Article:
Cloudy weather isn’t necessarily pretty, but it’s good to get work done:
The same goes for walking: clouds = good.
I noticed so many donkeys everywhere:
Dear four-legged friends: some might say that horses are more stylish than you (with your long ears), but I still like you best!
I walked past a small countryside temple, and luckily, the gate was open:
According to local custom, ten pairs of incense sticks are aligned and lit on one end, thus burning for a consecutive 24 hours.
I wanted to make my way up to one of the strange fortresses I had seen on the way:
Some farmers had been trying to tell me what this was all about, but I really couldn’t make any sense of their local dialect, so I just pretended to understand and followed the pointed finger:
And there it was, a crude earthen fortress with lots of empty space inside:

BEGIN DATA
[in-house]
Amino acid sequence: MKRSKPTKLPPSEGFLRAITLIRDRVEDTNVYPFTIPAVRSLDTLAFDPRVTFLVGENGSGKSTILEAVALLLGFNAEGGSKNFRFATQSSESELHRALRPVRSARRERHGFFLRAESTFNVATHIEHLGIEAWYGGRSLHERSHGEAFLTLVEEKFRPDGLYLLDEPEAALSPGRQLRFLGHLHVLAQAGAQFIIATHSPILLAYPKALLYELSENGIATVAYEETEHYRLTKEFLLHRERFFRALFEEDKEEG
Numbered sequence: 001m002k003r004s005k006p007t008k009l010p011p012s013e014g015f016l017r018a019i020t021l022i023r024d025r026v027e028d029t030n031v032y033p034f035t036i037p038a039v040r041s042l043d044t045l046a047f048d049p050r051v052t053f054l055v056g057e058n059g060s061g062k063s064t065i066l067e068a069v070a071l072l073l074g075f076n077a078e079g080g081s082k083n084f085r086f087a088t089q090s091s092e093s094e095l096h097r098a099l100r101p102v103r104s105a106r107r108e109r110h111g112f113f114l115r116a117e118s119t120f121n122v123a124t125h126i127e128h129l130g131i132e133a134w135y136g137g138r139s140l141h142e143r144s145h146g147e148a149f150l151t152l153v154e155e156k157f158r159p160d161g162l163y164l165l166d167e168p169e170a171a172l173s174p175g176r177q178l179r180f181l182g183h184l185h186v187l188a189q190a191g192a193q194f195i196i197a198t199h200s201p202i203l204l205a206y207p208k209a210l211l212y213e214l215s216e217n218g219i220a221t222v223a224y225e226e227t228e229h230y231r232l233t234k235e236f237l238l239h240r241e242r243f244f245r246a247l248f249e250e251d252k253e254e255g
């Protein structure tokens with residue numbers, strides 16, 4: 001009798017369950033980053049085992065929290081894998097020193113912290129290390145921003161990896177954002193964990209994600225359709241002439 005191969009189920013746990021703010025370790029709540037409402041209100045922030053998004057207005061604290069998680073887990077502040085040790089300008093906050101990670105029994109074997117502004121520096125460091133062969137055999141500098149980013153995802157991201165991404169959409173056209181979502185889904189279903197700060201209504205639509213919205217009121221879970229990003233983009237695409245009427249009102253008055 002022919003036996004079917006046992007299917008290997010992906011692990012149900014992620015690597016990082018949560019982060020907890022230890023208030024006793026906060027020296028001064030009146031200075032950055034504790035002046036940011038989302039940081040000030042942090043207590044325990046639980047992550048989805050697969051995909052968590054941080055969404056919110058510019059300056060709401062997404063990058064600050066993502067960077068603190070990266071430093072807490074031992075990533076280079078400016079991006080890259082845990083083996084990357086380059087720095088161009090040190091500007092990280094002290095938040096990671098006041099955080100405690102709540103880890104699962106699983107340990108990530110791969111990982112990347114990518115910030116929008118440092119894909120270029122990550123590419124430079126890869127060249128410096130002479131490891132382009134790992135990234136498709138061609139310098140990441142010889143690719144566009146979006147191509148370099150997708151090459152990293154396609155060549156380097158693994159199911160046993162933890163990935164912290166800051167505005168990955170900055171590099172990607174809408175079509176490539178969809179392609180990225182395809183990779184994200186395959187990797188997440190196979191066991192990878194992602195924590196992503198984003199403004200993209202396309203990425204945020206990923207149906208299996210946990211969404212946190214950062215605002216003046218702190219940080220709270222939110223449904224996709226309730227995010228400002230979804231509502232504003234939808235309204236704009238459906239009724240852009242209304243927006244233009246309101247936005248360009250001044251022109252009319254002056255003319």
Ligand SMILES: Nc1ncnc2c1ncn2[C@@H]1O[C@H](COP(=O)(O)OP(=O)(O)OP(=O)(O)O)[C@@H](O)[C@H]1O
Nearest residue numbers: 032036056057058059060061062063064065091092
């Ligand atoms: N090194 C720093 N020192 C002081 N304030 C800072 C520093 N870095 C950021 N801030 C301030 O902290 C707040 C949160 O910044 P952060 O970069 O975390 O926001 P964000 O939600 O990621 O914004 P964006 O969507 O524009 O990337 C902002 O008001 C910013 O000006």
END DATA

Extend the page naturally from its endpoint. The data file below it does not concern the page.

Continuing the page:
Later that night, some dudes in a restaurant let me in on the story: after the fall of the Qing-dynasty, when the country was undergoing an epoch of chaos, the farmers in the area were being constantly terrorized by local warlords and bandit hordes. So they hurriedly erected these fortifications on the highest points in the hills, thus having a safe haven to fall back to in case of an attack.
Cool, I thought, history can be so in-your-face sometimes, much different from the things on display in museums or exhibitions, let alone book pages.
The settlement I was staying at had the feel of a Sergio Leone movie:
Okay, there were of course no cowboys, but they did have a pair of donkeys next to the room I was staying in.
Then the kids appeared:
I found this little guy’s hat enjoyable, so I took a picture, and then, one after the other…
…more and more kids magically appeared:
Later that evening, we had a wonderful time; me and maybe 30 little kids, sitting under the light-bulb on the kang in my room, and looking at pictures and videos on my computer.
There were many Oh’s and Ah’s and lots of laughter.